Lt. Sramek’s view of the combat was similar — “The warning shot hit his extra fuel tank (wingtip tank) on the right-hand side. Fuel started escaping from it. He tried to escape to the south.”
Some damage was done and Lt. Brown later recalled, “I was just recovering, not having much difficulty in bringing the plane out of its dive when I got the orange overheat light. It flashes on when the engine overheats. I thought maybe my tailpipe was cracked and pulled back the throttle to ‘idle’. I yelled to Smith, ‘I’ve been fired at. I’ve been hit!'”
Taking a Second Shot
For Lt. Sramek, the chase was simple. The F-84E Thunderjet was straight ahead and was flying in a straight line, heading south, without turning. He closed rapidly from directly behind. What he didn’t know was that Lt. Brown had lost sight of him and was preoccupied with the damage he had already suffered. Lt. Sramek closed rapidly.
Lt. Brown had not only lost sight of the Czechoslovakian MiG, but also of his wingman. “Then my overheat light blinked out. I looked back to see if my MiG was still behind. I couldn’t see him but I saw my right stabilizer was pretty well shot off. I figured I might still make it back to ‘Fursty’ so I called Smith again for a heading….”
Lt. Smith had lost his MiG and quickly called a heading back so that Lt. Brown could start his flight back to base. Then, he spotted Lt. Brown’s plane and also saw the Czechoslovakian MiG-15 closing in from above and behind. It was too late for him to even call a warning break. It was 11:03 am — four minutes had elapsed since the two MiG-15s had been sighted.
Lt. Sramek was directly on the F-84E’s tail and slightly above and closing rapidly at 600 kts airspace. He was lined up perfectly for a shot and once in close range, he simply pulled the trigger. He later recalled, “In view of the fact that I was higher than him I was able to catch him easily and my second round disabled him. After firing the shot I saw flames coming from his craft.”
The F-84E was hit badly. Lt. Brown recalled the moment with clarity — “Everything went kaputt at once. The airplane began vibrating violently and I got the orange overheat light again. My right wing suddenly opened. Pieces of skin flew off and smoke or vapor poured out of the hole. I didn’t know whether I was on fire or what, but I figured it was about time to part company with the airplane.”
Lt. Sramek could see flames coming from the back of the stricken F-84E and knew it would not last long. He turned left into a climbing turn to head back to his base. He fully expected that the wreckage of the F-84E crashed would be recovered by Czechoslovakian ground forces and that the American pilot captured.
Ejecting to Safety
The entire rear half of Lt. Brown’s plane was aflame. He pulled the canopy release handle and once it had popped off, he reached to pull the ejection seat handles. Instantly, the rockets fired and he was out of the plane, punched high above his stricken Thunderjet on the ejection seat.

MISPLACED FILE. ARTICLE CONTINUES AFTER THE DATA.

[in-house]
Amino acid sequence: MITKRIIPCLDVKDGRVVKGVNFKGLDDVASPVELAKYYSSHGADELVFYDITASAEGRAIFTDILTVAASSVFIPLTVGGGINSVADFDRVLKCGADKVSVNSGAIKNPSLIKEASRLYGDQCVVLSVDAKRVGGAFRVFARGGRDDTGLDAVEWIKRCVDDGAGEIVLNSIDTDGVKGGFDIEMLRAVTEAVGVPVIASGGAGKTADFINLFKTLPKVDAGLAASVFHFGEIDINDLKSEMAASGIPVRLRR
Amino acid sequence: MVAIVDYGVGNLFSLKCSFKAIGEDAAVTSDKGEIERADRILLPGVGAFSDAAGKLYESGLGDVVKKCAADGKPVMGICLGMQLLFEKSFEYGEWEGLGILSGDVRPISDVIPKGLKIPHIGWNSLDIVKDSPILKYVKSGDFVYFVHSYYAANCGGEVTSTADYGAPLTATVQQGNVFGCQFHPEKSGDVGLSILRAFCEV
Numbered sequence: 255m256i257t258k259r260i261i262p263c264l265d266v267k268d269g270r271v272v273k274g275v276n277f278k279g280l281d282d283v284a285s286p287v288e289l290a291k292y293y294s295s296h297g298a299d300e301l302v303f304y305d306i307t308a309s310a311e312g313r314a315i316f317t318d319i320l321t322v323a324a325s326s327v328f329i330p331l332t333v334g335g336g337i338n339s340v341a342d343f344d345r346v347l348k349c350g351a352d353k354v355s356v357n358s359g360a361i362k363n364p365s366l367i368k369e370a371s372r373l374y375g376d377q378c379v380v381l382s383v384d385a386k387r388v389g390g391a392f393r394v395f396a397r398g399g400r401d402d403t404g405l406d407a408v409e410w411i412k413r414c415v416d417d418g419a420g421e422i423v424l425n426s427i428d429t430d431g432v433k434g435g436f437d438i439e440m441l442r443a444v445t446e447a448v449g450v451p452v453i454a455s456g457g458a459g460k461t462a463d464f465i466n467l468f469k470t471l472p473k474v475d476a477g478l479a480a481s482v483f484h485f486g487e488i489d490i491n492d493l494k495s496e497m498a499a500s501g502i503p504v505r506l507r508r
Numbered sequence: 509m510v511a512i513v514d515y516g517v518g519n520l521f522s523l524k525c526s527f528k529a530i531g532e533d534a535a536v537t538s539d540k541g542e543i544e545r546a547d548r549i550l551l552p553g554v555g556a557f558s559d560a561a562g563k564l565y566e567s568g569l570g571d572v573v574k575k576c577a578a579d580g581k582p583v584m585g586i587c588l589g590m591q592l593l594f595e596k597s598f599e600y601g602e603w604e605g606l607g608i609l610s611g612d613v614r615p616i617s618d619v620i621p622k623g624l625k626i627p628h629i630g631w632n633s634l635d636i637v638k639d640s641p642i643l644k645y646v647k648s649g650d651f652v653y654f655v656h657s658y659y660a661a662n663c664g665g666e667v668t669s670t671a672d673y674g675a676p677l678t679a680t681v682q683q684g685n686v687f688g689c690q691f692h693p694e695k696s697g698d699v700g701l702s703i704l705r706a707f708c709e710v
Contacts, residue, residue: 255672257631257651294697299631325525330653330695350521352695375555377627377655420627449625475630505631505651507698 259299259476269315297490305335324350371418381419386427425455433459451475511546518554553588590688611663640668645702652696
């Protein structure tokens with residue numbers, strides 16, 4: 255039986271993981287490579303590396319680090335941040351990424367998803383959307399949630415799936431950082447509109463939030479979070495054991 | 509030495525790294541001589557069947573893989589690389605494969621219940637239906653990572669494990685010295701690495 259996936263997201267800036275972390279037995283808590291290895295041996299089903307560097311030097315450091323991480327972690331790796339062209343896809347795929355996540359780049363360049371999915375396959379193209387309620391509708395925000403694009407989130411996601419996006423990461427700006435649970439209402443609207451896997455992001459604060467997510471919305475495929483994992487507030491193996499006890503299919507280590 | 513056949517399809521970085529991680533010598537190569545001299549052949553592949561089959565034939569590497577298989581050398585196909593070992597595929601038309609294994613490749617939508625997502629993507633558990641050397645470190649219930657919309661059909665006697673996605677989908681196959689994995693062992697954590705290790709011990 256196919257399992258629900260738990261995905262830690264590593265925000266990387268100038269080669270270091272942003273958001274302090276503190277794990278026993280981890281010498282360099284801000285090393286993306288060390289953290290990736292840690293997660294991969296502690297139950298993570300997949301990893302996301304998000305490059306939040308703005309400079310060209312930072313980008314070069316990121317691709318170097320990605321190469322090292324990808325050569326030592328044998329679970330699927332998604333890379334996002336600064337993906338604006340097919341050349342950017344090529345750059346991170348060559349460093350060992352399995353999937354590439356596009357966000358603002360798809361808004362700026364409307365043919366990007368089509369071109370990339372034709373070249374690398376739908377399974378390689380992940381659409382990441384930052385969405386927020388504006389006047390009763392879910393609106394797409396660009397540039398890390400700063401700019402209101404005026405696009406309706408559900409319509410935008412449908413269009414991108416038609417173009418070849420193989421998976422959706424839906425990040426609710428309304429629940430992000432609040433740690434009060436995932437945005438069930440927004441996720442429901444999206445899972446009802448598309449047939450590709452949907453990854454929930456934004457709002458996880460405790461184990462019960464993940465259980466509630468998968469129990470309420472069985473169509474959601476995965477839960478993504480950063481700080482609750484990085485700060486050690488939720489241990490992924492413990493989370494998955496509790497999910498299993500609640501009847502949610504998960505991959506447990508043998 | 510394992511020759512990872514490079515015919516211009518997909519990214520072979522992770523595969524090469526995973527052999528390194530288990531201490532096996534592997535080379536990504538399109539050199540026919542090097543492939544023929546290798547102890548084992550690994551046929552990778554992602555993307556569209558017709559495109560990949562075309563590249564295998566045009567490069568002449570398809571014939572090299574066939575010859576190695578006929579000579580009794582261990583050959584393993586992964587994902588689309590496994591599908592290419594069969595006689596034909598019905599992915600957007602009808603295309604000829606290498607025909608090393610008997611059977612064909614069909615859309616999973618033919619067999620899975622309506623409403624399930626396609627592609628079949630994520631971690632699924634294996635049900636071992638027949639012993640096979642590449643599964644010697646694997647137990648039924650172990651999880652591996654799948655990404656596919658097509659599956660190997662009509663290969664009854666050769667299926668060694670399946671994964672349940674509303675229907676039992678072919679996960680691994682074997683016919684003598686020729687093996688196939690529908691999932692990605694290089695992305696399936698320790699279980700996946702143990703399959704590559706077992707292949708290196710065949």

Once clear and out, knowing he was at low altitude, he reached for the D-ring to pull his ‘chute, but then realized he was still stuck to the ejection seat. Kicking it free, he then pulled the D-ring and felt the parachute open. Moments later, he came down into some trees, cutting his face slightly. Otherwise, he was uninjured. Shortly afterward, a group of German villagers came upon him and directed him where to walk to find the nearest village.
His stricken F-84E Thunderjet plowed into a snow-covered hillside near the village of Falkenstein, about 22 miles (35 km) inside West Germany. It was destroyed on impact.
Meanwhile, the other MiG-15, flown by Lt. Forst, was still hunting the second F-84E Thunderjet that was flown by Lt. Smith. Suddenly, Lt. Forst spotted the other F-84E Thunderjet flash by above and head of him. He turned to pursue but lost it when it entered into cloud. Lacking radar systems (such systems would only come on later generation fighter jets), there was no way Lt. Forst could find the plane again.
Lt. Forst searched the area or a short time, hoping to catch a glimpse of the retiring F-84E. At speeds in excess of 600 kts, however, it only took a few minutes before the two planes were more than a dozen miles apart. Lt. Forst never saw the second F-84E Thunderjet again. Finally after reporting that he had lost contact, at 11:09 am he too was called back to return to base.
In later years, the Czechoslovakians would declare that the air battle had taken place over their territory near the village of Merklín. They claimed that the F-84E, once hit, had continued flying for a time into West Germany before crashing. The Americans would maintain that the entire engagement had taken place over West Germany, which they claimed was proven by their radar.